Each initial 3.2-mm-diameter pilot hole served as a hole for the subsequent standard drilling of a 6.0-mm-diameter or 6.2-mm-diameter hole. A 6.2-mm drill bitj was used to create the hole for the cylindrical pin group. A 6.0-mm drill bitk was used to create the preream hole for the tapered pin group; that hole then was reamed with a tapered reamerl of 5.7° until the hole in the trans cortex was 6.2 mm in diameter. Interval between preream drilling and reaming was not standardized, but changing of the preream drill bit and tapered reamer was made as quickly as possible, similar to a clinical surgical setting. No attempt was made to provide additional cooling of the preream drill hole prior to reaming. The same investigator (MKA) performed all drilling procedures, with a similar rate of feed and drilling speed (approx 900 rpm; maximum, 1,450 rpm) and as much consistency as possible to approximate a clinical situation. Once drilling had commenced, there were no pauses in the drilling process, and flutes were not cleaned.

Tapered pin versus cylindrical pin (experiment 2)

All holes were prepared in each specimen such that sufficient time elapsed and surrounding bone had cooled after drilling procedures before the start of tapping and pin insertion. Tapping was performed manually with a torque wrenchm to allow measurement of the maximum torque of each complete forward turn during tapping. Tapping for both the cylindrical tapn and tapered tapo occurred with 2 complete forward turns and then one-half turn backward to clear the flutes. Only the maximum torque of the forward turns was recorded. Both cylindrical and tapered holes were tapped until 3 threads of the tap were visible beyond the trans cortex.

The cylindrical pinp used in the study was a stainless steel positive-profile pin with a core diameter of 6.3 mm and thread diameter of 8.0 mm. The tapered pin22,23 used in the study was a stainless steel positive-profile pin with a leading core diameter of 6.3 mm and leading thread diameter of 7.5 mm, which enlarged at a taper of 5.7° to reach a maximum core diameter of 7.0 mm and maximum thread diameter of 8.2 mm at a thread length of 85 mm. Pin placement was performed manually by use of the torque wrench, which was similar to the procedure used for tapping. Both pin types were inserted with consecutive complete turns. Maximum insertion torque for each turn was recorded. For each pair, the cylindrical pin was inserted before the tapered pin so that the maximal insertion torque of the tapered pin could be matched to the torque of the final turn of the cylindrical pin. Thus, each pair of pins (1 cylindrical and 1 tapered) had an equivalent insertion torque.

Tapered pin at various insertion torques (experiment 3)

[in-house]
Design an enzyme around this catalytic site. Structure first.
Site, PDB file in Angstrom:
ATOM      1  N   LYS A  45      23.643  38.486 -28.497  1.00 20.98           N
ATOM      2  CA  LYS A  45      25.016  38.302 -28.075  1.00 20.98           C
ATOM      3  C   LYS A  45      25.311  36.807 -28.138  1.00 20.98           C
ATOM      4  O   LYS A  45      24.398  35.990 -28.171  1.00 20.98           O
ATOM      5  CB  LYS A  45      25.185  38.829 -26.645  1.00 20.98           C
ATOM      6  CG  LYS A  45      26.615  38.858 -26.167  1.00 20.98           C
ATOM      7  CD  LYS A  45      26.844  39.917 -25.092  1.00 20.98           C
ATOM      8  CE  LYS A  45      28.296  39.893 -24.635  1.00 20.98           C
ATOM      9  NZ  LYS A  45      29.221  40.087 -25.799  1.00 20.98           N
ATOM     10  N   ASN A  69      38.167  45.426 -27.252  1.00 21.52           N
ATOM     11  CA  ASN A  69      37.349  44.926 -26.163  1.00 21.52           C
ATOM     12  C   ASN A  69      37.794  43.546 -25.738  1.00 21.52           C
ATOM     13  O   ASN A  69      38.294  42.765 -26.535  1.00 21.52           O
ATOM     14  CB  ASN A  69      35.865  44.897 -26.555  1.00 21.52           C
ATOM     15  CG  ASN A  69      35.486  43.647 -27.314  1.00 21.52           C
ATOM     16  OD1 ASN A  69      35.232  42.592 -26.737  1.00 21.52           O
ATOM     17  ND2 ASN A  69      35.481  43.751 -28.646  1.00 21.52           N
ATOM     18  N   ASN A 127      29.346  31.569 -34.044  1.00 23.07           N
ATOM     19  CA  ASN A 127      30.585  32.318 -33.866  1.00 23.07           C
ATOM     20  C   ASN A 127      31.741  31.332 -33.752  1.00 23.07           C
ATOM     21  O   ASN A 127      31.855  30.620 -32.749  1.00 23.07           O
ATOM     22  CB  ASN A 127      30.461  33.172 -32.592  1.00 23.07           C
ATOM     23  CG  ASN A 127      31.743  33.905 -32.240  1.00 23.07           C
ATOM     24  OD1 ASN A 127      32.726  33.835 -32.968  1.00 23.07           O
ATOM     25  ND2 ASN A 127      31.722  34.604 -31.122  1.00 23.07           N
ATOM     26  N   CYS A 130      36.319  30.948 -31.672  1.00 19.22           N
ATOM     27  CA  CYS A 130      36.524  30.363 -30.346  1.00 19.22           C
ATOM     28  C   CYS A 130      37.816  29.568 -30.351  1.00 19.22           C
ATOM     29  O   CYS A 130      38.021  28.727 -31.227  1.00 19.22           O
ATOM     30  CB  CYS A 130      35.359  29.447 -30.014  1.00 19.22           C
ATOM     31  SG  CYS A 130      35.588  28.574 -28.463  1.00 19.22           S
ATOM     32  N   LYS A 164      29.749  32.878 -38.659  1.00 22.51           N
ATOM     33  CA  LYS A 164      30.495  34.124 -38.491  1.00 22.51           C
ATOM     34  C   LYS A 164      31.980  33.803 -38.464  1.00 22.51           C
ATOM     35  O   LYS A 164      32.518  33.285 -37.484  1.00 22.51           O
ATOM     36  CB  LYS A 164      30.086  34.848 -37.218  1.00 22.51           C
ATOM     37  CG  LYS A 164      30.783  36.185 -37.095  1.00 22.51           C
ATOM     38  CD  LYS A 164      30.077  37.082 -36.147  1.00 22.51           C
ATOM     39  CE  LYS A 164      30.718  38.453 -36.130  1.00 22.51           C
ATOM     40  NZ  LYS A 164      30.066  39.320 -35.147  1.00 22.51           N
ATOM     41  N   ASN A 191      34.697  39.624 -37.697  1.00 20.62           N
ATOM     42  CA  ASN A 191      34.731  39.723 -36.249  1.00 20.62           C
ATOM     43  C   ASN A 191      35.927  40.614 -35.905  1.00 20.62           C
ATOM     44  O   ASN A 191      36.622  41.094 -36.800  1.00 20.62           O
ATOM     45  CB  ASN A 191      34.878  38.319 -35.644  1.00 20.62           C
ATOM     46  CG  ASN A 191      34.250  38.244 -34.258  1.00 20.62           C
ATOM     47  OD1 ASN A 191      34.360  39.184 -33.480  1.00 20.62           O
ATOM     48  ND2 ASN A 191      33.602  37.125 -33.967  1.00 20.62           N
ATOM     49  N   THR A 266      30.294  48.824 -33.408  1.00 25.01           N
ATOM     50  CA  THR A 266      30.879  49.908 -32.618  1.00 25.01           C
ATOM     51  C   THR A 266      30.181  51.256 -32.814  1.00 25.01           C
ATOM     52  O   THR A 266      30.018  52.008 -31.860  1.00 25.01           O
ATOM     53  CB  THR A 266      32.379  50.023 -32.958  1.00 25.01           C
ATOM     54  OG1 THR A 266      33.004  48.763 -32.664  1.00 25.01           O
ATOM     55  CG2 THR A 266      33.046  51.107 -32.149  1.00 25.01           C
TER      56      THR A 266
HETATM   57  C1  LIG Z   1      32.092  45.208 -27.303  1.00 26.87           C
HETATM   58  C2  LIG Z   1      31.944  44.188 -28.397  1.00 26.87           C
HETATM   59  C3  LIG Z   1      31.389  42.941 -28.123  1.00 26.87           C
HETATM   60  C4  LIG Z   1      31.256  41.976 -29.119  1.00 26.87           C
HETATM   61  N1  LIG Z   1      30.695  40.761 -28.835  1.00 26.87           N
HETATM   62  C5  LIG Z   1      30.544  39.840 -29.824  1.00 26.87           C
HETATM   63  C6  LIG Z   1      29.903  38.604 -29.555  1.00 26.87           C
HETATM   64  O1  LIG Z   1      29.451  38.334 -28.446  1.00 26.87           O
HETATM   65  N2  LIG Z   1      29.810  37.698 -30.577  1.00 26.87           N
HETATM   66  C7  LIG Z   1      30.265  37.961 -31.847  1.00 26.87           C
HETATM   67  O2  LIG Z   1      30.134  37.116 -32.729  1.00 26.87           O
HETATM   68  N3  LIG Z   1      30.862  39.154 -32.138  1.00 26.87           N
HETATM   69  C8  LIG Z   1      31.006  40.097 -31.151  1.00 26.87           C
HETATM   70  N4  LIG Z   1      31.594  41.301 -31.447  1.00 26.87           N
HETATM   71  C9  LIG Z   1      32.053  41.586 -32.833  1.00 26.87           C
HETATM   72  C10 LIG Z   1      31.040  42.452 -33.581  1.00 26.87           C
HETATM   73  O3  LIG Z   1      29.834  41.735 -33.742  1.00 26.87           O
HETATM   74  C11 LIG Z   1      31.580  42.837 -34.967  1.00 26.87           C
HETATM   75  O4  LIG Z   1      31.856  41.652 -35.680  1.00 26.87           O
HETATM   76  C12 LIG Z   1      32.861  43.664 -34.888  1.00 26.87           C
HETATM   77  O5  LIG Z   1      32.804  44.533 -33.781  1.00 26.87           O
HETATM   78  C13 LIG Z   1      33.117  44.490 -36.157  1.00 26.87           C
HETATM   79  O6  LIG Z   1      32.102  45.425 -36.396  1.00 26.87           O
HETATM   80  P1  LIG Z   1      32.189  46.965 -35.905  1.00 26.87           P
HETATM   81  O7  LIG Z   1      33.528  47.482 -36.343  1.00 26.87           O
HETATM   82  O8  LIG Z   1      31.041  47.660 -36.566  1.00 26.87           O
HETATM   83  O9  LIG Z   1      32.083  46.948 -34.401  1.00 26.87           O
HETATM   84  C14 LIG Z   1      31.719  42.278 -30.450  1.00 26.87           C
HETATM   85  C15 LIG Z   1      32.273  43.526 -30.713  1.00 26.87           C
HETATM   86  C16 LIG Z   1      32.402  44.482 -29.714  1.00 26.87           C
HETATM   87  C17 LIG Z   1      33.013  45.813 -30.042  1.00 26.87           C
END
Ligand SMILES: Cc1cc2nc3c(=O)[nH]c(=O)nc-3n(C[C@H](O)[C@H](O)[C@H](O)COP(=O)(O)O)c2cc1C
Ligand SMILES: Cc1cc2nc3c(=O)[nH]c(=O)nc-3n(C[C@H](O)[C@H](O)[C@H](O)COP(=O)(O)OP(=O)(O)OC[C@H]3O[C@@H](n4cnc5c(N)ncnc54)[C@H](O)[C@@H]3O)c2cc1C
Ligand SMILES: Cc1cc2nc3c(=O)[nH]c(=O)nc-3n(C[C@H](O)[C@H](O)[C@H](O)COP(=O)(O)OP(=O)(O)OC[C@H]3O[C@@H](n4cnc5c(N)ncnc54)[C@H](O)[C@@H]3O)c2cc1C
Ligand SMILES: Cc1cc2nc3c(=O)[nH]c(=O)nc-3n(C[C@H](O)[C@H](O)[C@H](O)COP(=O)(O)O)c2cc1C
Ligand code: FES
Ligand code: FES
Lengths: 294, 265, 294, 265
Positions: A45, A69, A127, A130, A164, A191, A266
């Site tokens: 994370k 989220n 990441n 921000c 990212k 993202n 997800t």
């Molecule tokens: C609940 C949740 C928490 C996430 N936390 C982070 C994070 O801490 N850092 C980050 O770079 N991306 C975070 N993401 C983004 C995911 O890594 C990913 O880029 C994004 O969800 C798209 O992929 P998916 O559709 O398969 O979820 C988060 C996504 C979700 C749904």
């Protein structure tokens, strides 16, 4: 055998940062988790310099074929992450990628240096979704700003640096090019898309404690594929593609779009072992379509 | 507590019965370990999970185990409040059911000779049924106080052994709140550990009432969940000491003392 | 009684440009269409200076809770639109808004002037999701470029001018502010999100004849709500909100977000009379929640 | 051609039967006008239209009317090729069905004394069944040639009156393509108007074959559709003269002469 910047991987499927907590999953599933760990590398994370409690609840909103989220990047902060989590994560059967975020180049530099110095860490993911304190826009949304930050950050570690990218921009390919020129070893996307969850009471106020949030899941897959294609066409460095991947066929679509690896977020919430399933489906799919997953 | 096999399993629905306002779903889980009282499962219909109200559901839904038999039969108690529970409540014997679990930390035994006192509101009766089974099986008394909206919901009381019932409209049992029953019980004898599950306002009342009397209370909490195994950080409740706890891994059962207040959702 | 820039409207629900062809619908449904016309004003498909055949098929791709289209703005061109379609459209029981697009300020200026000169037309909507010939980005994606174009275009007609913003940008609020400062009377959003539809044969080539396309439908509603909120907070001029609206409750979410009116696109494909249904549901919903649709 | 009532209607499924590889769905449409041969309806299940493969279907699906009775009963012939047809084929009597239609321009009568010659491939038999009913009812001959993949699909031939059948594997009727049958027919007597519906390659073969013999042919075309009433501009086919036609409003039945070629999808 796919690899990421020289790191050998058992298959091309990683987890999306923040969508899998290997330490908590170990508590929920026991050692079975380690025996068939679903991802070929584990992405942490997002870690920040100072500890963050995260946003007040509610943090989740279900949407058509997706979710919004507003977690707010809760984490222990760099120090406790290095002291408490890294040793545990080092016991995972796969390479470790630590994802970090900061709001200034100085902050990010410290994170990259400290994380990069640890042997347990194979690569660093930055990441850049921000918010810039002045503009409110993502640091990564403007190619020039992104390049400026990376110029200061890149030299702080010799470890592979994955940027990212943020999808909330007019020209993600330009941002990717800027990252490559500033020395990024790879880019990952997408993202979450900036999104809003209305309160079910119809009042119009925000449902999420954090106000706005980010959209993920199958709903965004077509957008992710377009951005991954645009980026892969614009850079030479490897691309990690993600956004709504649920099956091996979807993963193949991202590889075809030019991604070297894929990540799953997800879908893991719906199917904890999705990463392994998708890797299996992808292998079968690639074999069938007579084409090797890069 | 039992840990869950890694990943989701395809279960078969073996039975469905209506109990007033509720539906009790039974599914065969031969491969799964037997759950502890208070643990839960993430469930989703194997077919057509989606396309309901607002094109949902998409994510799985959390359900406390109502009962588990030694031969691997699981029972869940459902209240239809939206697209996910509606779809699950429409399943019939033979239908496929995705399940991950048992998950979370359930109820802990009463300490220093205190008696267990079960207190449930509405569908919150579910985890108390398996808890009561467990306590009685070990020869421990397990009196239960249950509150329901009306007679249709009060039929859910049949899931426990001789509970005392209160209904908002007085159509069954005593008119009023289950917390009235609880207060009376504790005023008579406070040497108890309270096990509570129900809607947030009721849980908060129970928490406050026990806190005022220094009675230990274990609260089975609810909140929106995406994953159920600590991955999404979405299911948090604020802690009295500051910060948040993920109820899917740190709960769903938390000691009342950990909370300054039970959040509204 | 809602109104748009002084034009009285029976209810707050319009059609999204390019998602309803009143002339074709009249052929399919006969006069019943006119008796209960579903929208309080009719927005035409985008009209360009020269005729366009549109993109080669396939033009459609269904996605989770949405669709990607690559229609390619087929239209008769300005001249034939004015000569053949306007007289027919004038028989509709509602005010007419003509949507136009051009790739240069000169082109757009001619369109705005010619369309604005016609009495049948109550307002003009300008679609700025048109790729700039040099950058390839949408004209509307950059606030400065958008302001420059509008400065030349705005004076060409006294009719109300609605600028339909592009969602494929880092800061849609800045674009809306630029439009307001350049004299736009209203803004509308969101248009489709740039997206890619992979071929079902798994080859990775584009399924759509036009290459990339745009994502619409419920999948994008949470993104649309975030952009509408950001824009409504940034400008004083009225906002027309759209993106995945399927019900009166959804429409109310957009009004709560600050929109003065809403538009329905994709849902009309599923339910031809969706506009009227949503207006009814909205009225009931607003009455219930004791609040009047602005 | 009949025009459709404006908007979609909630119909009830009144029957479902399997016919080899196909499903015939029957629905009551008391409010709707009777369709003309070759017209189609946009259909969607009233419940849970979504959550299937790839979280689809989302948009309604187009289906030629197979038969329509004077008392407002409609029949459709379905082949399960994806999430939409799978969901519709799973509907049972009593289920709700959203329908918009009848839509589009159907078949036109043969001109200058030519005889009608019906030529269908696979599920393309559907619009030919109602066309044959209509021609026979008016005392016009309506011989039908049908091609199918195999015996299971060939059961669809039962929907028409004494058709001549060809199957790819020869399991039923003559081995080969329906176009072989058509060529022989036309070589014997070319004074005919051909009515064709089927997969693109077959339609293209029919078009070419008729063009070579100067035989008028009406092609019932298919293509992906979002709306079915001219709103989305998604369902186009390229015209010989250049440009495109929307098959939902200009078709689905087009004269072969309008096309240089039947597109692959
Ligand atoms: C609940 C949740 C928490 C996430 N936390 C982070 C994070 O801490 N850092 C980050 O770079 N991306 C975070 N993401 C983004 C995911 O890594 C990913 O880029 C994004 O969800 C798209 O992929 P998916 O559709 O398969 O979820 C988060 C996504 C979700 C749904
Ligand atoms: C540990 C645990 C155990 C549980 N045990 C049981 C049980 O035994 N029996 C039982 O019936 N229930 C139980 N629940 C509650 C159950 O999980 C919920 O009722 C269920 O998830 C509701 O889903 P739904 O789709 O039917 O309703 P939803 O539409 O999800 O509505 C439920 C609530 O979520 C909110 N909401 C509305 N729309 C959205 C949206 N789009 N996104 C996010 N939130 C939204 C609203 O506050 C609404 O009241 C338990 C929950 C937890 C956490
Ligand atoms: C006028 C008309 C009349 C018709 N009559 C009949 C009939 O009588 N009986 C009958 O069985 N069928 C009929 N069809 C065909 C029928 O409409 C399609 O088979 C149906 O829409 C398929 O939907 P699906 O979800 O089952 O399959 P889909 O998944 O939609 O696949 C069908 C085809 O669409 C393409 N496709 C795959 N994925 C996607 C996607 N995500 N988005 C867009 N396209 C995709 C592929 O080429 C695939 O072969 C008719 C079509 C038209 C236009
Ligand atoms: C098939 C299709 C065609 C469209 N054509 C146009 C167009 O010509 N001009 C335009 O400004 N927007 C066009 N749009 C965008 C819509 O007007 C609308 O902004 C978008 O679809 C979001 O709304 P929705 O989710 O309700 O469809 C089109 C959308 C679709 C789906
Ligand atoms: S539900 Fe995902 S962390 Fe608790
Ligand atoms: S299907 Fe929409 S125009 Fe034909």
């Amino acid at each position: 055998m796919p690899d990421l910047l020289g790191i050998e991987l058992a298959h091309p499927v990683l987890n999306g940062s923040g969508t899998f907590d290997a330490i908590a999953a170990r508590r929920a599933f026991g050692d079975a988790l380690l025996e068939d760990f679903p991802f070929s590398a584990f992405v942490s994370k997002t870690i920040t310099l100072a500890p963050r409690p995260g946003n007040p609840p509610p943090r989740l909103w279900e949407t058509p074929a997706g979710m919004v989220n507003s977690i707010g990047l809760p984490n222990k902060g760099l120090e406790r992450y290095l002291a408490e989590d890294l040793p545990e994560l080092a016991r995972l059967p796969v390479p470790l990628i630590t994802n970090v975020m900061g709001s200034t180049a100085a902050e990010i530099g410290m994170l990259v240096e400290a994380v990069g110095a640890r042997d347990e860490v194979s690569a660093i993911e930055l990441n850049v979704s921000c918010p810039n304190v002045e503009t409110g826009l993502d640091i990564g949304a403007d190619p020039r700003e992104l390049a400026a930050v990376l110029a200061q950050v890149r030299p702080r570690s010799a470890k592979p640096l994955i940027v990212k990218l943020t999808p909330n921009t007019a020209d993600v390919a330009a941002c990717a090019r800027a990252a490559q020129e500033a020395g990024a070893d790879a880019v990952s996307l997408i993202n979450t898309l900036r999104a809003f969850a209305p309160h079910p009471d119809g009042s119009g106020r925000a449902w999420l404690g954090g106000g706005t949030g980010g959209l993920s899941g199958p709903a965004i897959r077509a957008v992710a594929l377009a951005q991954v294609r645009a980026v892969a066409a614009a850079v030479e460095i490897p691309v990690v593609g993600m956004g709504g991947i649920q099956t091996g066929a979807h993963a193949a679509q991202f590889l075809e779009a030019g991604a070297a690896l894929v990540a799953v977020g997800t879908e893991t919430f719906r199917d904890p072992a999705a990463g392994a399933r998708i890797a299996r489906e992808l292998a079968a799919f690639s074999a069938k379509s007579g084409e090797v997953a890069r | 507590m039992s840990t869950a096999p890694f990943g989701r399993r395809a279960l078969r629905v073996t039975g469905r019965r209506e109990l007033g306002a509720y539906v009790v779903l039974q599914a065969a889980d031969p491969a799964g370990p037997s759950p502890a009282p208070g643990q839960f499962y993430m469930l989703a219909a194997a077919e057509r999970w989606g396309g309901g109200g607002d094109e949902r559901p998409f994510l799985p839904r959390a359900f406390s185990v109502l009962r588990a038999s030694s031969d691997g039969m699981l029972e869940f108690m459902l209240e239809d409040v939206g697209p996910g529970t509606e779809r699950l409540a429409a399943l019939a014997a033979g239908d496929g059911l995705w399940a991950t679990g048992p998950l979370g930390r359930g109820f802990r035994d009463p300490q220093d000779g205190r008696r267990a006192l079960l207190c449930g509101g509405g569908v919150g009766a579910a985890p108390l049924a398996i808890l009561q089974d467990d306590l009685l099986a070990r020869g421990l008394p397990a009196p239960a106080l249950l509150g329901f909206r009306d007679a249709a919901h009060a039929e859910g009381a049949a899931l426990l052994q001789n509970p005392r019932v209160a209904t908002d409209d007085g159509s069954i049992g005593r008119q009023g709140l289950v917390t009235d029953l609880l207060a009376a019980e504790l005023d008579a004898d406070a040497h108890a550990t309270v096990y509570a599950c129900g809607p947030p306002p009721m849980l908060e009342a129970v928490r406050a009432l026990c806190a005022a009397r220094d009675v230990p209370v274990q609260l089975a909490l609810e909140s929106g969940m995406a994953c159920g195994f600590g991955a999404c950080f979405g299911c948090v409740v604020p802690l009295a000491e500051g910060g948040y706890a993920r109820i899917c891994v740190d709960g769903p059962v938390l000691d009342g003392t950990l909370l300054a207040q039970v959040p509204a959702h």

Tapered pin holes were created and tapped as previously described, and tapered pins then were inserted to torques of 4, 7, 10, 13, and 16 N•m. These insertion torques were chosen on the basis that the median insertion torque of the cylindrical pin was approximately 10 N•m. Thus, tapered pins were assessed at lower and higher insertion torques than those typically used for standard cylindrical pins.

Temperature measurement

Maximum thermocouple temperature (cis or trans) at each location was used for data analysis. Change in bone temperature at each site was calculated as the maximum temperature at each location minus the baseline temperature of the bone at the dorsal cortex.

A contact temperature probeq was used to measure temperature of the hardware (ie, drill bit, reamer, tap, or pin). Baseline temperature of the hardware was measured by probe contact immediately prior to the start of the drilling, reaming, tapping, or pin-placement procedure. The probe also was applied to the hardware immediately after breakthrough of the trans cortex of a bone. Maximum temperature of the hardware was recorded. Change in temperature of the hardware was calculated as the maximum temperature of the hardware minus the baseline temperature of the hardware. Bone temperature and hardware temperatures were recorded by use of compatible software.r,s

Infrared imagingt also was used to record temperature change for each procedure. Emissivity was set at 0.9, which approximates but does not overestimate emissivity of bone.29 Before each procedure was performed, a baseline infrared image of the trans cortex was obtained at a distance of 0.5 m. Immediately after breakthrough of the trans cortex was achieved, a second infrared image was obtained at the same location. The maximum temperature for each image was recorded. Change in temperature recorded by use of infrared images was calculated as the maximum temperature recorded at breakthrough of the trans cortex minus the baseline temperature.

Assessment of bone damage

Each pin was carefully removed from the bone after temperature measurements were completed. Thermocouple values were monitored during pin removal to ensure that there was not a substantial (ie, > 2°C) increase in bone temperature during pin removal. A bone sawu was used to section each bone transversely at locations 1 cm proximal to and 1 cm distal to each pin hole as well as through the center of each pin hole. Specimens were briefly rinsed in water to remove marrow fat. Distance of each thermocouple to the respective hole edge (outer thread diameter) was measured on transected specimens by the use of digital calipers.v Each specimen then was placed in a bag and labeled.